30 November 2011

Variations on a Theme Christmas Stockings {Tutorial}

My cousin shared this story; tell me if it sounds familiar to any of you.

She bought a Christmas stocking for her little girl.  All is well.

Time passed, and she had a little boy.  She went back to the same store, and, hurray, they still carried those same Christmas stockings.

BUT--when she got home, she realized that the two stockings were not, in fact, the same; they were different sizes.  Now, a baby's isn't going to know or care that his stocking is smaller than his big sister's, but one day, he will.

How can you have all your Christmas stockings match without buying a whole new set when each new baby comes?  Even if you make the stockings, how do you know the fabric you chose will still be available next time?

Answer:  variations on a theme.

{I made these stockings last year, but didn't have time to get them posted before Christmas.  Okay, I finished them last year; I started them the year before.  Christmas passed and then I didn't have any motivation to finish them until the next Christmas season rolled around.  You've had that kind of project, too, I'm sure.}

All the stockings were made from the same pattern, but in different fabrics:  variations on a theme.  So it doesn't matter if I can't find, for example, the candy cane striped fabric again--I will just pick a new set of fabrics when we add another baby to our family.

Would you like to make your family some new Christmas stockings, too?

For each stocking, you need:
My pattern (It's at the bottom of this post.)
Some Christmas-y fabric scraps, cut into 2 1/2" squares
-----If you are buying new fabric, I estimate that you will need a bit less than 1/2 yd total, so if you got 1/8 yd of four different prints, you'd be good to go.  But you could make this out of however many different fabrics you'd like.
Approximately 60" of bias tape, or fabric to make your own  (For this project, it really should be cut on the bias, to help in going around the curves.)  See this tutorial if you need some help making bias tape.
2/3 yd (total) matching fabric for backing and linings  (I used different fabric for the linings and backing.)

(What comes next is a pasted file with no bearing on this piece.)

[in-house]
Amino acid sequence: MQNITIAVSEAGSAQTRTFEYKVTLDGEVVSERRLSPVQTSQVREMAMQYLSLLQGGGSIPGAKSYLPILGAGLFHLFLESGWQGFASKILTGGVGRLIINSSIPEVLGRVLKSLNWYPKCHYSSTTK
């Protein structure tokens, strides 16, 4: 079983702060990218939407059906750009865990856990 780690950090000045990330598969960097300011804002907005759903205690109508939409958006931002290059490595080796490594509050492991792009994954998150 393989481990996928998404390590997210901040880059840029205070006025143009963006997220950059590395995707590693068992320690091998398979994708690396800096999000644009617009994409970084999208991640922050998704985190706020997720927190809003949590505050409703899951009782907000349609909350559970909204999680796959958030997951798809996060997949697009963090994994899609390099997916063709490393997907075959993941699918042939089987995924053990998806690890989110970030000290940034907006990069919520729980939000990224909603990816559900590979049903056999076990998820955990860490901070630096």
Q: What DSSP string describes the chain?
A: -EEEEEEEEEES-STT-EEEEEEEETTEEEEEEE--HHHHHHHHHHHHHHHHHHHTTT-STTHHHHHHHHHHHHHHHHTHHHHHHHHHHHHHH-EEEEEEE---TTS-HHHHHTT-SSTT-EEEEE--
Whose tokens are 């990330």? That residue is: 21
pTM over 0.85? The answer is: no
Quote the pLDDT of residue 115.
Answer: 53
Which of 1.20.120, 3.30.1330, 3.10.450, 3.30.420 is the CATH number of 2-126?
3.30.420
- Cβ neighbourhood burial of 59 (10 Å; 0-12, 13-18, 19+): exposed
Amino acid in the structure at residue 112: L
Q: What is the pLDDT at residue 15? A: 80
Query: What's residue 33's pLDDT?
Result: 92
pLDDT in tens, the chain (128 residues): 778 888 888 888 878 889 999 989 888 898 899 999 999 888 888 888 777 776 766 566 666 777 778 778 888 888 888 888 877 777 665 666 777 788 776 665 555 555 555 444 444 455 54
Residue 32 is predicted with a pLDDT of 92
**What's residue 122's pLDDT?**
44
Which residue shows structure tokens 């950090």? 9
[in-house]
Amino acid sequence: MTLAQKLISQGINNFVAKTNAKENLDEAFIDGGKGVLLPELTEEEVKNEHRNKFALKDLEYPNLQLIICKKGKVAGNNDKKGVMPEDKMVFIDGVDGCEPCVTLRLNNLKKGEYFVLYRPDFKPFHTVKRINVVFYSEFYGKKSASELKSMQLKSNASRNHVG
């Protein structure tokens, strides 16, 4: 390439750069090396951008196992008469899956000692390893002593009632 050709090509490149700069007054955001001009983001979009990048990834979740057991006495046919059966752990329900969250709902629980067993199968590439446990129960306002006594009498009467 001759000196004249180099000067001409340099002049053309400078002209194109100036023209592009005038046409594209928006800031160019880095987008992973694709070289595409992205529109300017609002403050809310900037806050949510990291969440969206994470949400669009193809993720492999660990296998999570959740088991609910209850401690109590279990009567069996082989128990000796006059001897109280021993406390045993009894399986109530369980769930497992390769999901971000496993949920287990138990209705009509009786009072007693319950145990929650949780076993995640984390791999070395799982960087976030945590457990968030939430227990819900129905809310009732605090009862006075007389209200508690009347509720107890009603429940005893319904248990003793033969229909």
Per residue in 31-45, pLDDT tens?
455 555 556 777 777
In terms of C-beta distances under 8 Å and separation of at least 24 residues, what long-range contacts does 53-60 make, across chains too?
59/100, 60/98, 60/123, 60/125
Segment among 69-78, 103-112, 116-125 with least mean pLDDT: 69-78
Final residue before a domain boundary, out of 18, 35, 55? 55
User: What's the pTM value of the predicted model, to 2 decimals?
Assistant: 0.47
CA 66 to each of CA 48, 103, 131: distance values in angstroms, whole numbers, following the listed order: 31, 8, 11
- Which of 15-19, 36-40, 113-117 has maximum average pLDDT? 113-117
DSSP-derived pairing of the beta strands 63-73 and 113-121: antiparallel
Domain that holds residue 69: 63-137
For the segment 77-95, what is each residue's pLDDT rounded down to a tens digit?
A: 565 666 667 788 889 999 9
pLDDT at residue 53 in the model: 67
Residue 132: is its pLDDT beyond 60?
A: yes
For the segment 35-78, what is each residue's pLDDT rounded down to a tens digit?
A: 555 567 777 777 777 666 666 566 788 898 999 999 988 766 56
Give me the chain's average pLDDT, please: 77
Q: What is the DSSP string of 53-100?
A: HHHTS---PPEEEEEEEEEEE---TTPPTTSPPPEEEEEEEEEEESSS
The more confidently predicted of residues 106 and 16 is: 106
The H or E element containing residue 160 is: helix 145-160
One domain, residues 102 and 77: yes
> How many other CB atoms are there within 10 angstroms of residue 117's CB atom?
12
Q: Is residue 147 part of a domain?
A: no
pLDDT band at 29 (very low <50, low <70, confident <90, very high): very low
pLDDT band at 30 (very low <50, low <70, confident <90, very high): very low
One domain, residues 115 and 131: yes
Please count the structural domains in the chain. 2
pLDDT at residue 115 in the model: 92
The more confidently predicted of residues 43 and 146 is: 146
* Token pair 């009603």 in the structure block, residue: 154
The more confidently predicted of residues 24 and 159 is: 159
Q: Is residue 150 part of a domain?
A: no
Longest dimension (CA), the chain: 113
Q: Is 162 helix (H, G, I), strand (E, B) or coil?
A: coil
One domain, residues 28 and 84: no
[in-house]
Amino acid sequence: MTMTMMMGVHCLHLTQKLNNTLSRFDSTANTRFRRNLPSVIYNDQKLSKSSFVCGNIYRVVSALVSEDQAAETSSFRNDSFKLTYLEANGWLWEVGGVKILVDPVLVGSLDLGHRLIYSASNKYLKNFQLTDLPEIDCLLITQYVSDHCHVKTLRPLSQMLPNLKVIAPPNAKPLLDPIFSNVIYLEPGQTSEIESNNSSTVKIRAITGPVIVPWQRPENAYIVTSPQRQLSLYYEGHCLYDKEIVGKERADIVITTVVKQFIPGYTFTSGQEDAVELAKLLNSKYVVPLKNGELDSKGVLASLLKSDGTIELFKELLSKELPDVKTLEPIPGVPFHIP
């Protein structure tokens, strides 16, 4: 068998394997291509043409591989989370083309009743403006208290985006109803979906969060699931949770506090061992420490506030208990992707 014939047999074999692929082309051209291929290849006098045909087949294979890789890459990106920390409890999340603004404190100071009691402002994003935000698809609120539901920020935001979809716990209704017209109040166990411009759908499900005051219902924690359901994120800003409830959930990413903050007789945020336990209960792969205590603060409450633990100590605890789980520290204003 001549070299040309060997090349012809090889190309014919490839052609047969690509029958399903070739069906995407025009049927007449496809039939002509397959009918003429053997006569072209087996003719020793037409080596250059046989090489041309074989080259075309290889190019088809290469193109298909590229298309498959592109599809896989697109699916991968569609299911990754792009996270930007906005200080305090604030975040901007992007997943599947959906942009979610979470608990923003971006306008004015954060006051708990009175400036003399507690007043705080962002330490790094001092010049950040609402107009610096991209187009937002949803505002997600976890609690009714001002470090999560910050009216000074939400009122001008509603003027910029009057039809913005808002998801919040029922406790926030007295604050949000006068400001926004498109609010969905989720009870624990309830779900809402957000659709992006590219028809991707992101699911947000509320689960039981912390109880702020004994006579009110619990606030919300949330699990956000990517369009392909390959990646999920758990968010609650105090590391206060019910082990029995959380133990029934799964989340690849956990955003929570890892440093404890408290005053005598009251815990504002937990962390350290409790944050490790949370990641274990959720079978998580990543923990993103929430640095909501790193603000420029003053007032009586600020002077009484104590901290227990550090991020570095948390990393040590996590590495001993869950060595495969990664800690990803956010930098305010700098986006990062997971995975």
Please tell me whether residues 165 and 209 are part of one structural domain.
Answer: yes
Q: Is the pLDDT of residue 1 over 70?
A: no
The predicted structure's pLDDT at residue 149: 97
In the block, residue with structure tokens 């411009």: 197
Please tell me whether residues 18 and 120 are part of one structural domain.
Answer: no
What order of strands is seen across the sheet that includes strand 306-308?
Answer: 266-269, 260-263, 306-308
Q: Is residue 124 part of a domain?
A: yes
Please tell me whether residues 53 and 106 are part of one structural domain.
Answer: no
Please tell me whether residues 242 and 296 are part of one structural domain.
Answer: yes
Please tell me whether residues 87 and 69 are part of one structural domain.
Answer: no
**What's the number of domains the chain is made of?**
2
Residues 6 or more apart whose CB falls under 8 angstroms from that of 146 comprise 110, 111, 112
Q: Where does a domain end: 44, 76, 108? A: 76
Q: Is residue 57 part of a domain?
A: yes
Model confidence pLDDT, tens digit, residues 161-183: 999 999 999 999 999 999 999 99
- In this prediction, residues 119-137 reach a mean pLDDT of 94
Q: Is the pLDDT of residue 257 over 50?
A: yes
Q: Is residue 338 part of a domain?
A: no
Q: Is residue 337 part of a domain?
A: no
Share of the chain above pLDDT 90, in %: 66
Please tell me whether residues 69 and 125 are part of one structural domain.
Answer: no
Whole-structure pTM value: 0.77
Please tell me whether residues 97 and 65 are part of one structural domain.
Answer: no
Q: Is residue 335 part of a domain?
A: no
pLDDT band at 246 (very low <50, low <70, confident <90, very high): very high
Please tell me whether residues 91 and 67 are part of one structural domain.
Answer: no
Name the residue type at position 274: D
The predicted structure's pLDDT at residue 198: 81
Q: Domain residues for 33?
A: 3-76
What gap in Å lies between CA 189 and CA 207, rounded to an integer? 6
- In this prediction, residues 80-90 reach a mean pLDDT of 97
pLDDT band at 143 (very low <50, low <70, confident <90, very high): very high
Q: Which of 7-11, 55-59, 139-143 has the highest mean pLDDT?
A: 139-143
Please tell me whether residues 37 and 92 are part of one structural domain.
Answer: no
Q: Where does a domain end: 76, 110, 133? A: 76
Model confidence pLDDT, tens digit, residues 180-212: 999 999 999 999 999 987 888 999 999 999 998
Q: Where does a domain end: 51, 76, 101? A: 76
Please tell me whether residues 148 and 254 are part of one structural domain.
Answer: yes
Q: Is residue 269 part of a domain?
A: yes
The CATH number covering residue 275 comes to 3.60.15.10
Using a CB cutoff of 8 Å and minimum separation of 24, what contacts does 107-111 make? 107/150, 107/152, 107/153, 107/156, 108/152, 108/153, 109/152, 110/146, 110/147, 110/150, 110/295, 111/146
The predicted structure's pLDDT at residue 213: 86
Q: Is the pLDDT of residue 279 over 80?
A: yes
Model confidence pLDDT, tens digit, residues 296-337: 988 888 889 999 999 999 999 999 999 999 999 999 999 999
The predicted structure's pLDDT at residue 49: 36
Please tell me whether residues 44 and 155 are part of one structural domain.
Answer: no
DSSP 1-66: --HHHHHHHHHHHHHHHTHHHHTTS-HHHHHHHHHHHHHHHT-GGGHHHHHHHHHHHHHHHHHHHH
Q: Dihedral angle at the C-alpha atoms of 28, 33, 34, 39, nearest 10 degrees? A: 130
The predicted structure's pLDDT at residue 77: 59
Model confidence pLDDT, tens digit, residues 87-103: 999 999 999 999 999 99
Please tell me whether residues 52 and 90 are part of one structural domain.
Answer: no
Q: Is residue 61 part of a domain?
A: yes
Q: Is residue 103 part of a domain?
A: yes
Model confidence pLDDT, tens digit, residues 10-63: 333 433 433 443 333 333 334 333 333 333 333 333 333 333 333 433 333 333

Batting of your choice--enough to cut out two stockings (for the front and the back)
General sewing supplies
Quilting supplies of your choice--you could tie, machine quilt, hand quilt...

First, cut out the fabric for the linings and backing, as well as the batting.  They're all the same; might as well get them all done at once.

Next, lay out your 2 1/2" squares into a nice pattern, or lack thereof.  I arranged my squares in what I like to call "Artistic Random."  It's not true random, since I arranged and re-arranged until I liked the look of it, but neither is there a pattern.  Make sure the squares will cover the entire stocking pattern, with significant extra, to compensate for seam allowances.  Sew them together.

Pin the pattern on your ... stocking top?  (Like a quilt top...)  Cut out the stocking.

(Ouch!  Just look at all those pins!)

Sandwich the stocking.  The sandwiches go together squares/batting/lining, and lining/batting/backing.  Pin the sandwiches together.  Be sure to have right sides facing out.

Now we want to quilt the stocking sandwiches.  I stitched little snowflakes in each of the corners.  It took forever, but was a nice touch, I thought.  And I machine quilted each person's name on the back of their stocking.  You could tie quilt your stockings (tutorial here), but I would use embroidery floss instead of yarn for this small a project.  Or you could machine quilt them.  Use whatever method you'd like.

Next we'll be putting on the binding.  Mostly, the technique is just the same as binding a quilt, as in this tutorial.  But there a couple of differences.  For example...

Since you don't want to sew the tops closed, you'll bind the tops separately.  Bind the tops, but don't worry about finishing the ends--they'll go into the seam allowance when you bind the sides.

Pin the front and back of the stockings together, linings in.  Pin on the binding.  Starting at the top of the stocking, toe side, bind as usual until you get to the top, heel side.  Then...

Make a loop with the bias tape, and stitch it into place by hand.

And that's it!

Happy crafting!

(Right click-->"Save to Downloads")

They are sized so that they should print nicely on two 8 1/2" x 11" sheets of paper.  Tape them together, matching the stars.